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Our neighbor George, who is into issues of social responsibility and social justice, recently commented that Jesus never stressed individual rights but did come on strong with issues of individual responsibility toward others.

Good point, George! In what has traditionally been called the "Great Commandment," Jesus quoted the Hebrew book of Deuteronomy (6:4), which is a call to love God with your heart, soul and mind. He immediately followed these words with a quote from Leviticus: "but you shall love your neighbor as yourself." (19:18 NRSV). Jesus goes on to express deep dismay about those who oppress and even exploit those who are poor.

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The message of Jesus is closer to the poor, the oppressed and the marginalized than to those whose riches make them feel self-sufficient. The eighth-century BCE Hebrew prophet Amos wrote, "But let justice roll down like waters and righteousness like an ever-flowing stream." (5:24)

After Cain killed his brother Abel, God confronted Cain regarding the whereabouts of his brother. Cain replied with this powerful question: "Am I my brother's keeper?"(Genesis 4:9) How you define the word "keeper" is important, but regardless we are called to have some responsibility for our sisters and brothers.

In the past, many evangelical Christians were more concerning about getting themselves into heaven than taking Jesus seriously when he called us to help bring God's heavenly kingdom to earth (Matthew 6:10). There is an interesting confrontation that Jesus had with a man (Matthew 19:16ff) where he was asked what good deed should be done to have eternal life? Jesus told him if he wished to be perfect — meaning more God-like — that he was to sell all of his possessions and give the money to the poor and then follow Jesus. In a response to the offer to be more Christ-like and also help those in need, the man goes away "grieving" because he was very rich.

George said he has always liked the quote by peace activist Medea Benjamin that "Social justice means moving towards a society where all hungry are fed, all sick cared for, the environment is treasured, and we treat each other with love and compassion. Not an easy goal, for sure, but certainly one worth giving our lives for."

Twisting the true meaning of words is a skill that many people have, including politicians. But when someone knowingly takes a powerful concept like social justice and twists it to be a form of Marxist collective doctrine that is going to take away the freedom of individuals, "watch out." God's love for the individual can never be separated from the individual's social responsibility for one another. Biblically speaking, when individual freedom is used to make society better we all benefit. A model would be in the words of the Apostle Paul when he wrote to the Christ-followers in Corinth: "If one member suffers, all suffer together with it, if one member is honored all rejoice together with it." (I Cor. 12:26).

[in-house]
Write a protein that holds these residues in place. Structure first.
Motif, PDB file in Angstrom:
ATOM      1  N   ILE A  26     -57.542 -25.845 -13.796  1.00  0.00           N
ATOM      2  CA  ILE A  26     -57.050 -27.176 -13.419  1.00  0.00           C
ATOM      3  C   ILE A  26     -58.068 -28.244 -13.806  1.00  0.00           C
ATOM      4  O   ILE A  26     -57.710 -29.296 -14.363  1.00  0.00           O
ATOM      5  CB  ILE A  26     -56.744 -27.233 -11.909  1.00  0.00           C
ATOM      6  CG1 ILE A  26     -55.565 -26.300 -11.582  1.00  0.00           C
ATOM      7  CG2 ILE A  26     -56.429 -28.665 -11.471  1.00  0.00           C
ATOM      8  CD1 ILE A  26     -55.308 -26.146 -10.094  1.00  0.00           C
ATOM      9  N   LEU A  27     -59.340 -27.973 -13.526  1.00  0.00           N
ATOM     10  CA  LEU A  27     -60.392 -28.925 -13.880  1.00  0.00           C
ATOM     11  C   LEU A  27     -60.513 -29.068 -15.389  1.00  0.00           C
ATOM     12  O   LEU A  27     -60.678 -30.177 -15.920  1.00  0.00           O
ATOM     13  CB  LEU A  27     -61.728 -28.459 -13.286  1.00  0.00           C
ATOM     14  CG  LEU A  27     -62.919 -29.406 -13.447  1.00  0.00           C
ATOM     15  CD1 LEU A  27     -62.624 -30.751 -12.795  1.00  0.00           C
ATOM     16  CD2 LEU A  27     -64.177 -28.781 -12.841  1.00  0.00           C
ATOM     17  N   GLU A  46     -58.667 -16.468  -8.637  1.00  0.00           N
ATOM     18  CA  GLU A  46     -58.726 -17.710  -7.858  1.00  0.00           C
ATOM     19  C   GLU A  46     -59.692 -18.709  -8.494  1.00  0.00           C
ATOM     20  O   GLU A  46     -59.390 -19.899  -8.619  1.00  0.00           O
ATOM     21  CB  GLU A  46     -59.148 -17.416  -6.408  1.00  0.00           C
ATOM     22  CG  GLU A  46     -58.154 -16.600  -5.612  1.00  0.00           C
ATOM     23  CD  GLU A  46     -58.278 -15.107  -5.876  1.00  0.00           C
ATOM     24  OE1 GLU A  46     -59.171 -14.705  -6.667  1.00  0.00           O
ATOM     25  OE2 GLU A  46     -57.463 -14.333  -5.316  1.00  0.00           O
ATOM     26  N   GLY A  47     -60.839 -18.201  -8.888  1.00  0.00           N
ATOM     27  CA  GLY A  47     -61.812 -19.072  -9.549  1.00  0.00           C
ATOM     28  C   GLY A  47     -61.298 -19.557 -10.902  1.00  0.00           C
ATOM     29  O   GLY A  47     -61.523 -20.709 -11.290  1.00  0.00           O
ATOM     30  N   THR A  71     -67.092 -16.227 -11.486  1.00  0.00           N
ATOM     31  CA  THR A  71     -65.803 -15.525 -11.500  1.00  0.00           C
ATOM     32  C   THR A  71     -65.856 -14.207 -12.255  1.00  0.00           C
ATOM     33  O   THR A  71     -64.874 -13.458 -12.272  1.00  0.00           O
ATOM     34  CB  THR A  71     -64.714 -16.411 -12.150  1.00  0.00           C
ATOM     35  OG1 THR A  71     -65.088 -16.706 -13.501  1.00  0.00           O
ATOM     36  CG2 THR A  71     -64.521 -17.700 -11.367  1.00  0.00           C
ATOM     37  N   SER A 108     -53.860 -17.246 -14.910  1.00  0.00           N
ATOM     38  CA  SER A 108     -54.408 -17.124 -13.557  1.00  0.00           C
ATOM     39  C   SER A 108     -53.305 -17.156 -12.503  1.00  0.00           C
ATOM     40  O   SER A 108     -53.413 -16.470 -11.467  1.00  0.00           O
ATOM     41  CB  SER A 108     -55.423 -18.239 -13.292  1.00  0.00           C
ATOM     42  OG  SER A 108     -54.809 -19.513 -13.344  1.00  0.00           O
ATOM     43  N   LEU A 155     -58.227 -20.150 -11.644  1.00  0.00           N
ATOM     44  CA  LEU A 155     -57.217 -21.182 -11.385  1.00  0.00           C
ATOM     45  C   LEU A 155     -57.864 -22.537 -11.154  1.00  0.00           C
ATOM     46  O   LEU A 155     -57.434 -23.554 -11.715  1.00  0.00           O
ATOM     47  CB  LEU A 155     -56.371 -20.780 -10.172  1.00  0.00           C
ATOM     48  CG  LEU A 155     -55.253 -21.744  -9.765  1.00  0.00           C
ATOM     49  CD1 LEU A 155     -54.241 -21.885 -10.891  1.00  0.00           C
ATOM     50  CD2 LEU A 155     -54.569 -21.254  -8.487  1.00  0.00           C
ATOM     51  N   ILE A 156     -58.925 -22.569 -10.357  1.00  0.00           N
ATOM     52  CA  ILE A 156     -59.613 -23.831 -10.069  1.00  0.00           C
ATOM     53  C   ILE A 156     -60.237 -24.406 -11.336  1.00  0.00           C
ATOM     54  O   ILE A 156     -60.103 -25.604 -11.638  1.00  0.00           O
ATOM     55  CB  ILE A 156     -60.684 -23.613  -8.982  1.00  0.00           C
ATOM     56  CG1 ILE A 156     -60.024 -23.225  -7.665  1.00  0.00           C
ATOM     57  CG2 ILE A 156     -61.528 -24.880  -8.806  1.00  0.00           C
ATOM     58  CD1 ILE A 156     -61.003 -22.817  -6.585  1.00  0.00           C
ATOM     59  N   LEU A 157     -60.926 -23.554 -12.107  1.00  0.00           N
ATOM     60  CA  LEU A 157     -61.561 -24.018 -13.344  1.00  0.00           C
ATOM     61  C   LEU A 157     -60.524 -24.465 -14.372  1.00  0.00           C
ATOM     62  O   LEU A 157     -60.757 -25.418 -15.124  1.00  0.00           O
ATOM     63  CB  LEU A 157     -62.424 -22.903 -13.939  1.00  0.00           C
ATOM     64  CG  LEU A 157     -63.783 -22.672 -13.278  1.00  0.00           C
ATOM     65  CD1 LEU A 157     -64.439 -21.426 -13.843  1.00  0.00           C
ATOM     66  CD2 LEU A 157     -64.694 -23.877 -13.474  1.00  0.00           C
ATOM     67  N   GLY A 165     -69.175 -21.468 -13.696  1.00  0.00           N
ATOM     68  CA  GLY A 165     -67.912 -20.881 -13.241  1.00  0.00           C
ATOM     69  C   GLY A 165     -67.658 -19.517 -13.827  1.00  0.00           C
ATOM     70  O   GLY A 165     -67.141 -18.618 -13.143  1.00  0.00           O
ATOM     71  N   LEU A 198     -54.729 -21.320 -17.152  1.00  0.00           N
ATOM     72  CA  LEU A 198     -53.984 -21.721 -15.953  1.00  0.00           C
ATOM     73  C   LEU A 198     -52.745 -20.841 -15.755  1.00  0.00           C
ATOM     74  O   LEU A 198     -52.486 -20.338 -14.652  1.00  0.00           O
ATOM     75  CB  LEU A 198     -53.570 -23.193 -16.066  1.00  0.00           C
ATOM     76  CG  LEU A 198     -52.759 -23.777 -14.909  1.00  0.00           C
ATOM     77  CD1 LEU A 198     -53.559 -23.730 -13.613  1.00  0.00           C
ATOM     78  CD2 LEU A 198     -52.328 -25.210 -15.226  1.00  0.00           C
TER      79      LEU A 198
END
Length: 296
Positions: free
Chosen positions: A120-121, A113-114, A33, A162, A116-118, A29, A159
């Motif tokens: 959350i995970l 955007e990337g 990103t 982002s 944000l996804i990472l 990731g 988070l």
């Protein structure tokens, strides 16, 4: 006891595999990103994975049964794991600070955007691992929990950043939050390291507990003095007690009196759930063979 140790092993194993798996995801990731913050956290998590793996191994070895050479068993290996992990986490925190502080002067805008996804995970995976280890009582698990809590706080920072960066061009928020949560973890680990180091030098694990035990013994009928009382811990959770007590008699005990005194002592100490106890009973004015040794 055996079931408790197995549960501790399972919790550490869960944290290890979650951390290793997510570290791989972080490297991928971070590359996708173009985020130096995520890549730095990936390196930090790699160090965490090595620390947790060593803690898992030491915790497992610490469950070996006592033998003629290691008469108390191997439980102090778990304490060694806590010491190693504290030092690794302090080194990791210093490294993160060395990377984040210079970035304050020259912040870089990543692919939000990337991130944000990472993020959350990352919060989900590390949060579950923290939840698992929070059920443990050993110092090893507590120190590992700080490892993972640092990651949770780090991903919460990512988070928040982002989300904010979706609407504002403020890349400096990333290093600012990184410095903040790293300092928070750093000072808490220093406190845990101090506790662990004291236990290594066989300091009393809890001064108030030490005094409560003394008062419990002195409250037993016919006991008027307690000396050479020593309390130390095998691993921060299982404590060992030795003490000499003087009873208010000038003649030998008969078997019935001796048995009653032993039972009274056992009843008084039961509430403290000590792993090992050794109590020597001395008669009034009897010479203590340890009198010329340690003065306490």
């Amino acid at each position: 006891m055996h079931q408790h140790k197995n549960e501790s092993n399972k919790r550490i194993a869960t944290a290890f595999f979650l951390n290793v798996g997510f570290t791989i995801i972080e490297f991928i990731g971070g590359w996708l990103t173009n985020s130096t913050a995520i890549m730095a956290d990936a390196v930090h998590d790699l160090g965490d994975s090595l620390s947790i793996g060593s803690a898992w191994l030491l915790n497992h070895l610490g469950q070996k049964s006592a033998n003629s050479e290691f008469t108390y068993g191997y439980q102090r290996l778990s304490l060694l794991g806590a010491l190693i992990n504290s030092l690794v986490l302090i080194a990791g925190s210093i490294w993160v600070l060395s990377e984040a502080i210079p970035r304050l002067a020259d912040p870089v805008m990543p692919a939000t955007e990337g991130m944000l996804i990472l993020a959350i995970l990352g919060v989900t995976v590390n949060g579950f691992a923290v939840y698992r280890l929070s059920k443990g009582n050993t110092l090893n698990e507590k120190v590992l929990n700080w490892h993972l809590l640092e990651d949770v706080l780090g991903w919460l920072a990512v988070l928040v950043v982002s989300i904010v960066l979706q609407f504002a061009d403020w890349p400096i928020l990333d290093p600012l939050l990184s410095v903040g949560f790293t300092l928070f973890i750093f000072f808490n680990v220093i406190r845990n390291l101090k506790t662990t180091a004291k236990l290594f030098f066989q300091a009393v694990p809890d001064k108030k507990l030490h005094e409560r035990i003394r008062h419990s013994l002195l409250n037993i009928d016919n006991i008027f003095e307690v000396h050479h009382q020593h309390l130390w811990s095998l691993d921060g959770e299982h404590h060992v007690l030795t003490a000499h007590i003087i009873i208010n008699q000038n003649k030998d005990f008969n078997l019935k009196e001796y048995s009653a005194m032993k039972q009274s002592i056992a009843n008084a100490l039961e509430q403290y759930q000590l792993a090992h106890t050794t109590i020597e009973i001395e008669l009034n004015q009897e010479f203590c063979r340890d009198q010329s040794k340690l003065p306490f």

We are called to think and act as community.

Jesus said that when you give food to the hungry, drink to the thirsty, welcome the stranger, give clothing to the naked and visit those in prison "just as you did it to one of the least of these who are members of my family you did it to me." (Matthew 25:35-40)

A call for religious liberty or the freedom of religion must also be connected to religious responsibility. God-given freedom must be related to God's call to live responsibly with others.

We often sing "God bless America." It sounds very patriotic but it doesn't go far enough. God has already blessed America in many ways. When we receive a blessing as an individual or as a nation it calls us to be a blessing to others. In other words, we are blessed in order to be a blessing.

Two people watch the evening news on public television and see the disaster in Nepal. "Somebody should do something," the first person says, and then adds, "Honey, what's for supper?" The other person watches the same news broadcast and asks, "What can I do to help?"

The concept of social justice completes the concept of individual freedom. Without social justice, the concept of individual freedom becomes the gospel of individual selfishness as promoted by novelist and philosopher Ayn Rand.

Let the dialogue continue. I simply ask that you think on these things.

The Rev. Dr. Wm. Louis "Lou" Piel is pastor of Mount Zion United Methodist Church in Finksburg and can be reached at julo1@verizon.net.

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